This action might not be possible to undo. Are you sure you want to continue?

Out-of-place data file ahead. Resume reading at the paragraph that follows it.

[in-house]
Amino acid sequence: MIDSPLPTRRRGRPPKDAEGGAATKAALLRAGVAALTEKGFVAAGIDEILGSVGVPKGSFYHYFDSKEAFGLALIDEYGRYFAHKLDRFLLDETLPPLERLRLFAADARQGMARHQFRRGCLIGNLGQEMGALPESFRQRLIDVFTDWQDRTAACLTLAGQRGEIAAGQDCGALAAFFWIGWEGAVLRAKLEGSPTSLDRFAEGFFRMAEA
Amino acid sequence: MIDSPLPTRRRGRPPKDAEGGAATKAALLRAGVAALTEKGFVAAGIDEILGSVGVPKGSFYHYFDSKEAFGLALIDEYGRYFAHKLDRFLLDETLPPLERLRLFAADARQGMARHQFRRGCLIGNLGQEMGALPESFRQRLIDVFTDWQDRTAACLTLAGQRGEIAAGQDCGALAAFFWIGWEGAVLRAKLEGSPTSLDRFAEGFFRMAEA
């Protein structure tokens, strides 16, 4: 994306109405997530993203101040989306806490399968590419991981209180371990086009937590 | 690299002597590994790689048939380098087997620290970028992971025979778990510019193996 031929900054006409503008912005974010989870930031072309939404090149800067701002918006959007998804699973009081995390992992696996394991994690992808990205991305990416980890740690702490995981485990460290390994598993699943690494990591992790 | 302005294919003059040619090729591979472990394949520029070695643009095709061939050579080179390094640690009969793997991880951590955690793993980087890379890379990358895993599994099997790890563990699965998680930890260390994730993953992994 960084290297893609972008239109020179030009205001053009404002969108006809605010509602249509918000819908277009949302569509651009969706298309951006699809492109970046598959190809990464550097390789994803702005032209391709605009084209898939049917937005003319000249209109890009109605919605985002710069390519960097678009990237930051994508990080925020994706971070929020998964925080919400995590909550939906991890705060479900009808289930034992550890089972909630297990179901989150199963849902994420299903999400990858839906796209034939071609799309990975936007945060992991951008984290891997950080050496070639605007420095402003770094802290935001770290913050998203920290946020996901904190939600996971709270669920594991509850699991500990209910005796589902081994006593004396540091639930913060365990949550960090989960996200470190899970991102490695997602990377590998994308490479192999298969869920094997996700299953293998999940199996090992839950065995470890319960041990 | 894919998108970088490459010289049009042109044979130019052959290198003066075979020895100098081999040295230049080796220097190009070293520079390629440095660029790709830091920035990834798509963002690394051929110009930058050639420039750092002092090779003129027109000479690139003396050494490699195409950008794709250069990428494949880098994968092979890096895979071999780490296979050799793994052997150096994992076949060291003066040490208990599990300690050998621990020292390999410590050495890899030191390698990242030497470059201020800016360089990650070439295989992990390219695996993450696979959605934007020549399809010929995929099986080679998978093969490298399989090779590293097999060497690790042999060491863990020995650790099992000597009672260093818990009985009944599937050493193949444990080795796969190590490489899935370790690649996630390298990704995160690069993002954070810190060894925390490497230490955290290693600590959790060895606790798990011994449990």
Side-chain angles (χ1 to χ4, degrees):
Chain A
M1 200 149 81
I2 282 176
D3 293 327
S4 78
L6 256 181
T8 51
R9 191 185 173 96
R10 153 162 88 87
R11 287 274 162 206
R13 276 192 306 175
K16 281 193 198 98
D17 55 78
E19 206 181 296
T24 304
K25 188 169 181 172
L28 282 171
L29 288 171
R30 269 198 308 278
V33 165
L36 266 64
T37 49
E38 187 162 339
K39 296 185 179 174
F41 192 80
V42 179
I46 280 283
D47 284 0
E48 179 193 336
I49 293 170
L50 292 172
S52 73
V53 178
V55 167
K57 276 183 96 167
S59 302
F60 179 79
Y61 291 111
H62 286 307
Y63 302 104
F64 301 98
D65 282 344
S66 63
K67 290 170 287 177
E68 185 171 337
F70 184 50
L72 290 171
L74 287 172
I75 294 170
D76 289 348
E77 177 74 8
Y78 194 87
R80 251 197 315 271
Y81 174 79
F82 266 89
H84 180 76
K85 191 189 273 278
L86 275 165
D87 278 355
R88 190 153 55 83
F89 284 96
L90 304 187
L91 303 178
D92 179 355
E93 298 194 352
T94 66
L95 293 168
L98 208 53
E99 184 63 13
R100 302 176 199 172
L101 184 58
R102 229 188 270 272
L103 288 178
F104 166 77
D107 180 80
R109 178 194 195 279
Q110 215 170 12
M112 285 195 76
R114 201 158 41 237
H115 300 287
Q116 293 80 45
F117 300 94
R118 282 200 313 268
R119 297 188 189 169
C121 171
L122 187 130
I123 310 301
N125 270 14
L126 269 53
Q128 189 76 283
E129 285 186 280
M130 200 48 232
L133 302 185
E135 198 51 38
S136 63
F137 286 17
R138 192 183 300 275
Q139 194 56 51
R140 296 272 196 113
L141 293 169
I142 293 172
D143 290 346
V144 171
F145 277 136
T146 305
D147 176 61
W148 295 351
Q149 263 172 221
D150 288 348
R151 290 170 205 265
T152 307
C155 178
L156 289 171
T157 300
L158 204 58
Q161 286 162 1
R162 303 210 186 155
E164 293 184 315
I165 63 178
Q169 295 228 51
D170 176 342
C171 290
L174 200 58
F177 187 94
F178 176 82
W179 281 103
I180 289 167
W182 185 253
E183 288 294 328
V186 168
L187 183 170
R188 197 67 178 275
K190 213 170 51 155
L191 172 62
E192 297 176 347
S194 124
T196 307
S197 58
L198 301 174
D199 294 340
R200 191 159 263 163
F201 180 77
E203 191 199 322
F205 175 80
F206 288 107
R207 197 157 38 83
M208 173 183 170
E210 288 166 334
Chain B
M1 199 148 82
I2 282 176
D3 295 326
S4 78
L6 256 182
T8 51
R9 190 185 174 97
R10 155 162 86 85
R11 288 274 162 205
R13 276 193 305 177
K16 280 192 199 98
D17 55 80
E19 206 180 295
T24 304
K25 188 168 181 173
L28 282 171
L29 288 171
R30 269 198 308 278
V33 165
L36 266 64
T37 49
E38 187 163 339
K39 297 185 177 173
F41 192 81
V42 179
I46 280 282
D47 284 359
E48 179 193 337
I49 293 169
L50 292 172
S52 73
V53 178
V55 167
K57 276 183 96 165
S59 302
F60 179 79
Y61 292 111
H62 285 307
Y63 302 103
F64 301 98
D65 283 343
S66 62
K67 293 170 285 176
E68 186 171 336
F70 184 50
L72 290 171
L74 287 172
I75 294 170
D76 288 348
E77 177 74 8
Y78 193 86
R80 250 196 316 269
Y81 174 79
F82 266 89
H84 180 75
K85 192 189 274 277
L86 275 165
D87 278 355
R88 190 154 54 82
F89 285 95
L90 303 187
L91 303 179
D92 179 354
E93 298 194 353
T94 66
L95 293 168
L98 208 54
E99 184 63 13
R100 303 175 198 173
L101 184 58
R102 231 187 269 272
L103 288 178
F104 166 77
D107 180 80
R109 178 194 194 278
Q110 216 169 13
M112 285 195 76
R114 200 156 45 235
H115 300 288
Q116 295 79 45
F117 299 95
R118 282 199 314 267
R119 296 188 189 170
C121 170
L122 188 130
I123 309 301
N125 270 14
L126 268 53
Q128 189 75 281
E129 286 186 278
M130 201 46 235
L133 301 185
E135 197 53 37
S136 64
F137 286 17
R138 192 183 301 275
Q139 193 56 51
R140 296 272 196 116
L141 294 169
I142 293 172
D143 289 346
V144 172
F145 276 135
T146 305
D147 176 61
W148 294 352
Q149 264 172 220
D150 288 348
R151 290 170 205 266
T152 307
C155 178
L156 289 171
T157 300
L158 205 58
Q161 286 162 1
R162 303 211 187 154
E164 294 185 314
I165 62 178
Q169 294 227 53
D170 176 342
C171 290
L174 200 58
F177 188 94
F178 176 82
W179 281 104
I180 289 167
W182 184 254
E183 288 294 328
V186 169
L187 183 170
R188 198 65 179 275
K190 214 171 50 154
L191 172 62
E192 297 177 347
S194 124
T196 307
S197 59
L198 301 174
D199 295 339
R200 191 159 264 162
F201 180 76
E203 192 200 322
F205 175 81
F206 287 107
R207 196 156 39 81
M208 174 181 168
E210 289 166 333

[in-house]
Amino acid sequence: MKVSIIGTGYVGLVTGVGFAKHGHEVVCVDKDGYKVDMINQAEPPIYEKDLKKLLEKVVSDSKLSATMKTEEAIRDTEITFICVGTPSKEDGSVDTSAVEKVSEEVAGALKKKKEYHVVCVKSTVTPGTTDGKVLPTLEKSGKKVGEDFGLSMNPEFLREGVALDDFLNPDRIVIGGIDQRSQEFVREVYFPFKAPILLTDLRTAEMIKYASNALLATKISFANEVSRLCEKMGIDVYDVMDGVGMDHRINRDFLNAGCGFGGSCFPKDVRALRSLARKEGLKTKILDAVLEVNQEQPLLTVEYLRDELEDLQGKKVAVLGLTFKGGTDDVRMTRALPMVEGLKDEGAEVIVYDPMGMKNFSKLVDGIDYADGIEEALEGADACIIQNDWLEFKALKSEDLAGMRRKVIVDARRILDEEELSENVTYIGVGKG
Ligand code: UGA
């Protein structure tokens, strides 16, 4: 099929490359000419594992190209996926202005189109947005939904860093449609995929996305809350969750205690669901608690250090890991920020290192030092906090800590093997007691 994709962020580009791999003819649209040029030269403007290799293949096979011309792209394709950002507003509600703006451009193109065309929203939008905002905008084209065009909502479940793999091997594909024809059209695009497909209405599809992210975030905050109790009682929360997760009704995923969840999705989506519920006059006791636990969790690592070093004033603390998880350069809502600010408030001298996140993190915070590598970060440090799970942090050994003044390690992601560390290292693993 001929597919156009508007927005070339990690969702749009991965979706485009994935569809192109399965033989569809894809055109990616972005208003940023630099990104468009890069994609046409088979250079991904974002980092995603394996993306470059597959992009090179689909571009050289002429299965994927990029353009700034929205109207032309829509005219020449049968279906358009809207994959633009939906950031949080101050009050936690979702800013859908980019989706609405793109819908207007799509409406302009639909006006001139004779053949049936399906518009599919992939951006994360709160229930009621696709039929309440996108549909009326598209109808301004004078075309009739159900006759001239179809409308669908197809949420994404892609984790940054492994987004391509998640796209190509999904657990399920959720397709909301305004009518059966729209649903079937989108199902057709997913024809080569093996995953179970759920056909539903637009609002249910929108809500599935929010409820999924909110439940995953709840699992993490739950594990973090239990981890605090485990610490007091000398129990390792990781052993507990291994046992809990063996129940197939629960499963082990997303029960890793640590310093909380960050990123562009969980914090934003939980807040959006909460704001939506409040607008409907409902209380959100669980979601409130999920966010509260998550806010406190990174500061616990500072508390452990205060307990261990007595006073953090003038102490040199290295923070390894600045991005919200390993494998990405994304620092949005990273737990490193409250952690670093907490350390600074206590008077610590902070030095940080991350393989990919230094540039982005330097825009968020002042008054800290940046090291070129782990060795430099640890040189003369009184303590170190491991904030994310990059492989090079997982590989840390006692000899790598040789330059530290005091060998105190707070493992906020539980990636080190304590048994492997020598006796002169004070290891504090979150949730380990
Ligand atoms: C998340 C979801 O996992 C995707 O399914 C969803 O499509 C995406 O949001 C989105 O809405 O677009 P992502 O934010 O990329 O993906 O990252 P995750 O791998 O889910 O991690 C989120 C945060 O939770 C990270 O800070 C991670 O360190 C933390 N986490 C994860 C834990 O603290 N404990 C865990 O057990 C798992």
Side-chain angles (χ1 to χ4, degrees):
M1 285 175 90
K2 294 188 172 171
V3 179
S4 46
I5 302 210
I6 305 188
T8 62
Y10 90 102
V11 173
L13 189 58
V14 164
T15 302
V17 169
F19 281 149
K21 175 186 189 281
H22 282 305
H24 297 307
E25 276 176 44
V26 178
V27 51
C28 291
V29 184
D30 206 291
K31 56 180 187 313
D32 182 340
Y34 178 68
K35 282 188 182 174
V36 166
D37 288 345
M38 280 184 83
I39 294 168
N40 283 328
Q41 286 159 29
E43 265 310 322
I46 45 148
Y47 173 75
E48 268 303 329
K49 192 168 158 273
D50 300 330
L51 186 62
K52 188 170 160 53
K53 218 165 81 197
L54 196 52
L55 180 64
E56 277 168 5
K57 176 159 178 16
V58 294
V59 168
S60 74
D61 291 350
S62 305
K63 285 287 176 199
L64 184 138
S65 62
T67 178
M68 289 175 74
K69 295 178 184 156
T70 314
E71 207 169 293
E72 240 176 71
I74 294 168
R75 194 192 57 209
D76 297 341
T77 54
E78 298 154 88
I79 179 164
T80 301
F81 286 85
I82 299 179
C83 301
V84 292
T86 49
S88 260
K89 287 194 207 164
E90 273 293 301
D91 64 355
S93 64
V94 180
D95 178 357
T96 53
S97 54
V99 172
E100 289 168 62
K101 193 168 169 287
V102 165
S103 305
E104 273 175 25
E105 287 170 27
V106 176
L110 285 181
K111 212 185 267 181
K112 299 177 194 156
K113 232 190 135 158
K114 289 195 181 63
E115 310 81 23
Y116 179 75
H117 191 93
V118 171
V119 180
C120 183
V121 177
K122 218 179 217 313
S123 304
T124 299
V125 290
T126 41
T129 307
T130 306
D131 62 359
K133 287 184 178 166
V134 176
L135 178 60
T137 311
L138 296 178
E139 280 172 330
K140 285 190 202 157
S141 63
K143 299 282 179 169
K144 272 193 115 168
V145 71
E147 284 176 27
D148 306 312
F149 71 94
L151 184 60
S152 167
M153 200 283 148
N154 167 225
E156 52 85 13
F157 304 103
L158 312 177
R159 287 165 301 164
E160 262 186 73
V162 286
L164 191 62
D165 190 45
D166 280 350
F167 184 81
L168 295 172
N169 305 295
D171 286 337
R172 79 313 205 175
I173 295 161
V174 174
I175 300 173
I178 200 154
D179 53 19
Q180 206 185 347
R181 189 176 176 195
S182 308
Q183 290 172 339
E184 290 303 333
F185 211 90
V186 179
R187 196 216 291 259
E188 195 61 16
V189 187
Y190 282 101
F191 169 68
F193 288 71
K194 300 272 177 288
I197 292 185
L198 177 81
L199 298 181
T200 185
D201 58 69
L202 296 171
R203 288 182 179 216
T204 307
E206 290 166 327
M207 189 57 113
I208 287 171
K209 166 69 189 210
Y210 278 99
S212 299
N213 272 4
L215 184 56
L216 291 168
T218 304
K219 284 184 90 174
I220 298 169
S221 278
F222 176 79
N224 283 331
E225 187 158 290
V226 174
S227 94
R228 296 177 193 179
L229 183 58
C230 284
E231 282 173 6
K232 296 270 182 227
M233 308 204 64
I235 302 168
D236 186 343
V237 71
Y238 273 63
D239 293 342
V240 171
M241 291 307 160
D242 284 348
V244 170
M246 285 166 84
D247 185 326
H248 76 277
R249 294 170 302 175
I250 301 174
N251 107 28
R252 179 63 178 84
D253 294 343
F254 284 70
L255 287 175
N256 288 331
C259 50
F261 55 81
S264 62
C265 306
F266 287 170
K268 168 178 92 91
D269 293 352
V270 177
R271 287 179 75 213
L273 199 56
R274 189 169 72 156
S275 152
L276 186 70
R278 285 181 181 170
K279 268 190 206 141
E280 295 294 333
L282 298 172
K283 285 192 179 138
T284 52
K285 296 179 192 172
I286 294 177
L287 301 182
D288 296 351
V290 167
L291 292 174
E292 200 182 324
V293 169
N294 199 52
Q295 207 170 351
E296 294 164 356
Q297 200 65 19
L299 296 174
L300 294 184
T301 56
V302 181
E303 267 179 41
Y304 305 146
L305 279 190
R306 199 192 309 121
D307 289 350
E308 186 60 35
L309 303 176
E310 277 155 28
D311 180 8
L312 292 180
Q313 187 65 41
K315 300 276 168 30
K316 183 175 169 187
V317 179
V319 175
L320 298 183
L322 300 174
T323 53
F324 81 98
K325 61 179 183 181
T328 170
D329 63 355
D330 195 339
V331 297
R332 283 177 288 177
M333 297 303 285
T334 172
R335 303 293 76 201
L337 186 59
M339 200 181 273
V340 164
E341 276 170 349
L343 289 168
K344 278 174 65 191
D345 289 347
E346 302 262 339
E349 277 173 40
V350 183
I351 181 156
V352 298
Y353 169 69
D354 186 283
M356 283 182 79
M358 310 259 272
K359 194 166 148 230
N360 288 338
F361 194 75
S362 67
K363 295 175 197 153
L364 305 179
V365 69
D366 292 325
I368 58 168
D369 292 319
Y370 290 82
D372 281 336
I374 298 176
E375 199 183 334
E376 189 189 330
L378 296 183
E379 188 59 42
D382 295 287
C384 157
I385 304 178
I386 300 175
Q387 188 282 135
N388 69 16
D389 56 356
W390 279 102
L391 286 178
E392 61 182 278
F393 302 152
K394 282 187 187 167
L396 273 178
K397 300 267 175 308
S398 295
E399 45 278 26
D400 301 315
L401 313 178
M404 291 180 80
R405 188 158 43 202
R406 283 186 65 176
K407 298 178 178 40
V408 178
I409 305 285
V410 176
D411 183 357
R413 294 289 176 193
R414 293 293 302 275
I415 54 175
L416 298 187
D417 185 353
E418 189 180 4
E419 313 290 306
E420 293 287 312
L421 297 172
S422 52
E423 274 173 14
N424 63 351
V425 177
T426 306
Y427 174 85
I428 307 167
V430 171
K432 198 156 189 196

Aquinas Associates. Nike Inc. Laura Wittman. Darryl Knudsen. Sr.: Leslie Croshaw. Marjorie Victor Brans. dedicated to increasing corporate environmental and social responsibility. . Jennifer Hurley Crokaert. KLD Research and Analytics. University of Delaware. Bro. and experts on labor rights were essential to identify and give examples of best practices as well as recommendations where the industry should continue to move forward. Steve O'Neil SM. Bama Athreya. David Schilling.: Charlie Brown. (CREA). Marcela Manubens. The report was made possible by the generous financial support of General Service Foundation. and an anonymous donor of RSF Social Finance. founded in 1992. Hannah Jones.org Acknowledgements Best Practices in Purchasing: The Apparel Industry was conceived by Patricia Jurewicz and members of the Interfaith Center on Corporate Responsibility (ICCR). Laurence Loubieres. As You Sow Patricia Jurewicz. Arthur Peterson. ICCR. Sisters of St. Colleen Von Haden Labor rights experts: Sean Ansett. and to John Opet for design. Kindley Walsh Lawlor. Meeschaert Gestion Privée. They are listed with the organization with which they were affiliated at the time of the research. Trillium Asset Management. Inc. Scott Nova. Conrad MacKerron. Nora M. Its Corporate Social Responsibility Program is one of the nation’s leading proponents of shareholder engagement providing research and advocacy to catalyze positive change within publicly held companies.: Laura Hodgson. Anna Walker. This report is based on the efforts of many generous individuals. and Lynda Yanz for reviewing the report. Maquila Solidarity Network. International Textile. Nordstrom. Phillips-Van Heusen Corporation (PVH): Art Heffner. General Board of Pension and Health Benefits of the United Methodist Church. Auret van Heerden. Jones Apparel Group: Desta Raines. Unitarian Universalist Service Committee. Miriam Neale. As You Sow. Responsible Sourcing Network. KLD Research and Analytics Company representatives: : Gap Inc. Stichting Onderzoek Multinationale Ondernemingen (SOMO). International Labor Rights Forum. Conrad MacKerron. The Cahn Group. Walter Wilhelm. Inc. Caitlin Morris. Brooke White. Johanna Chao Rittenburg. Sr. Clean Clothes Campaign Note: Some people have moved to other organizations since their participation in this project. Director. executives in the apparel industry. Nash. Bro.: Dan Henkle. a project of As You Sow. Contributing editor As You Sow is a nonprofit organization. Dara O’Rourke. Amanda Tucker. Annette Sinagra. Richard M. We thank everyone for contributing their expertise to this project. Garment & Leather Workers’ Federation (ITGLWF). Research Director. University of California at Berkeley. Garrett Brown. Nash OSF. KLD Research and Analytics. MIT Sloan School of Management. Katherine Daniels. Ethical Trading Initiative (ETI). Frank Rauscher. Walter Wilhelm Associates. Dickson. Doug Cahn. The contributions by members of ICCR. Levi Strauss & Co. Education and Action. Angela Frank. Joan Mudget. Genevieve Sexton. Andrew Behar. Unitarian Universalist Service Committee.Amy Galland. Sharla Settlemier. Rev. www. Nora M. Locke. Linda Peffer. Ashley Hamilton. Thanks are due to Susan Baker. Marsha A. Fair Labor Association (FLA). Katherine Kassing. Neil Kearney. Julia Finch. Shareholder Association for Research and Education (SHARE). Darryl Knudsen. Steve O’Neil SM. Ted Sattler. Ineke Zeldenrust. Worker Rights Consortium. Interfaith Center on Corporate Responsibility (ICCR) members: Susan Baker. Adrian Dominican Sisters. Ruth Rosenbaum TC. At Stake Advisors. Elaine Garson. consultant for Women Working Worldwide. The Timberland Company: Jerry Ervin. Center for Reflection. Michael Kobori. Karalyn Buchner. Vidette Bullock Mixon. Maquiladora Health and Safety Support Network. Lynda Yanz. Ernie Rose. Rajiv Malik.asyousow. Marianists. Alex Lamb. Elizabeth Umlas. Ariel Jacobson. The Libra Foundation. Esther de Haan. Oxfam America. Francis of Philadelphia.